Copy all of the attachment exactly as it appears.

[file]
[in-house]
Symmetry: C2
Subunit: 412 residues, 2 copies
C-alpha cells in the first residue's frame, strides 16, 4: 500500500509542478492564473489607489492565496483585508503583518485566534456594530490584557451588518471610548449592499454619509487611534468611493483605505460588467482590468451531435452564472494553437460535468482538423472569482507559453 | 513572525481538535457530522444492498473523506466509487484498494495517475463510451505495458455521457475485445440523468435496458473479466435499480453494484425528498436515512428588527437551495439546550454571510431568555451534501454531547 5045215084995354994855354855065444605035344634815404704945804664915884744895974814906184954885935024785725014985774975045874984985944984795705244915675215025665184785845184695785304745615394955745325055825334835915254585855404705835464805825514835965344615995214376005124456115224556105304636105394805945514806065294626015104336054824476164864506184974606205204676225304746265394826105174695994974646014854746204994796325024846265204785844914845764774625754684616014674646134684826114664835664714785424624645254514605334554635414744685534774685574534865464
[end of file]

[in-house]
Symmetry: C2
Subunit: 412 residues, 2 copies
C-alpha cells in the first residue's frame, strides 16, 4: 500500500509542478492564473489607489492565496483585508503583518485566534456594530490584557451588518471610548449592499454619509487611534468611493483605505460588467482590468451531435452564472494553437460535468482538423472569482507559453 | 513572525481538535457530522444492498473523506466509487484498494495517475463510451505495458455521457475485445440523468435496458473479466435499480453494484425528498436515512428588527437551495439546550454571510431568555451534501454531547 5045215084995354994855354855065444605035344634815404704945804664915884744895974814906184954885935024785725014985774975045874984985944984795705244915675215025665184785845184695785304745615394955745325055825334835915254585855404705835464805825514835965344615995214376005124456115224556105304636105394805945514806065294626015104336054824476164864506184974606205204676225304746265394826105174695994974646014854746204994796325024846265204785844914845764774625754684616014674646134684826114664835664714785424624645254514605334554635414744685534774685574534865464